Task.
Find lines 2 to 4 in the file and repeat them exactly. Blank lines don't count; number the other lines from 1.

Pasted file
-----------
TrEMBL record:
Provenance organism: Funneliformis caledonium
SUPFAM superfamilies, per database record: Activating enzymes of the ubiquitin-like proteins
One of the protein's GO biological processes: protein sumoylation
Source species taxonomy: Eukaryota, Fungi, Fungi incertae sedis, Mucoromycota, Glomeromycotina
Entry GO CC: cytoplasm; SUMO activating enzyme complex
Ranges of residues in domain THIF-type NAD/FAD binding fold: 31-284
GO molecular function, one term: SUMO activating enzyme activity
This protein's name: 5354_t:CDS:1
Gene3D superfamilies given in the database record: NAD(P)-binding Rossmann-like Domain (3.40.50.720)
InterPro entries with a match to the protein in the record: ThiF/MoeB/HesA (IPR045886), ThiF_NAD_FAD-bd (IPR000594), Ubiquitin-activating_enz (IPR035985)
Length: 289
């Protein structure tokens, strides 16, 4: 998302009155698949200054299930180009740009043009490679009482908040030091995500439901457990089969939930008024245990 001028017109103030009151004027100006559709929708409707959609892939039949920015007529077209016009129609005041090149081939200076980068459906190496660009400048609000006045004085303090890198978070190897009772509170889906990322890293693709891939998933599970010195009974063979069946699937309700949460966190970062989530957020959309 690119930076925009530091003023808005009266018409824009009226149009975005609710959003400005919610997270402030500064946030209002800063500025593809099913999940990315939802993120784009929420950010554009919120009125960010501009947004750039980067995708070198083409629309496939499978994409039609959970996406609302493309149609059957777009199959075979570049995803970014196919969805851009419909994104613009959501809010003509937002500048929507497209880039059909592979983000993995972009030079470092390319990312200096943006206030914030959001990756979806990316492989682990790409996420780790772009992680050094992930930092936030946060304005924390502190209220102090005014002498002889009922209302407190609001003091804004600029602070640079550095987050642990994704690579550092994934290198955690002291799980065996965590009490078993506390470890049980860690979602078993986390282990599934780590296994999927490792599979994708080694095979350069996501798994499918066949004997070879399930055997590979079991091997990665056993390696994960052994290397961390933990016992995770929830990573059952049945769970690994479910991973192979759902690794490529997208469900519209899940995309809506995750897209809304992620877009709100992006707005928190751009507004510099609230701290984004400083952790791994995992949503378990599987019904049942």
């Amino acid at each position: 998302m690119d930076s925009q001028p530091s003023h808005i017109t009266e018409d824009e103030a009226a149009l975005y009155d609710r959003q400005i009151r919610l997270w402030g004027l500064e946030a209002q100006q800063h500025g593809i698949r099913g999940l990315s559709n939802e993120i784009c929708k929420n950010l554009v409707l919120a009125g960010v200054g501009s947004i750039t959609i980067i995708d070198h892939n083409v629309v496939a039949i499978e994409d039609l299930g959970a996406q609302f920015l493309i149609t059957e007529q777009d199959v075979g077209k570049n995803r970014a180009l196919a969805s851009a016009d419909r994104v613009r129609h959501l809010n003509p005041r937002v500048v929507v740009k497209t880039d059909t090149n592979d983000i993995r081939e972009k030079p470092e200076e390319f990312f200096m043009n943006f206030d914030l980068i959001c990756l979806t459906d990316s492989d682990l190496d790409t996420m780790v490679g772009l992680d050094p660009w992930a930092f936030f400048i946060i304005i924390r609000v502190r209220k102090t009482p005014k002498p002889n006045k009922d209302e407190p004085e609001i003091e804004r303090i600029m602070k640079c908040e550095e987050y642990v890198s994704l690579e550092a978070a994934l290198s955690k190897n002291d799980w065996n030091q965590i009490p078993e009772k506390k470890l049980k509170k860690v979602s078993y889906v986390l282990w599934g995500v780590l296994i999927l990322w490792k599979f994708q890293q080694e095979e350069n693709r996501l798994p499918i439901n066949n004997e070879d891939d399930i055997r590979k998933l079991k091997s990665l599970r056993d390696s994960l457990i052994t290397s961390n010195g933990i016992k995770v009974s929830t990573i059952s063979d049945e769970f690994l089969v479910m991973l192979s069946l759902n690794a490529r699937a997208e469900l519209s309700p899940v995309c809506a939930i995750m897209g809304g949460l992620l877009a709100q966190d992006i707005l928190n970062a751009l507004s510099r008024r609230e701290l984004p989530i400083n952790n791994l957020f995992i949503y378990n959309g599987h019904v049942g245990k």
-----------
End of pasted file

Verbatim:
Provenance organism: Funneliformis caledonium
SUPFAM superfamilies, per database record: Activating enzymes of the ubiquitin-like proteins
One of the protein's GO biological processes: protein sumoylation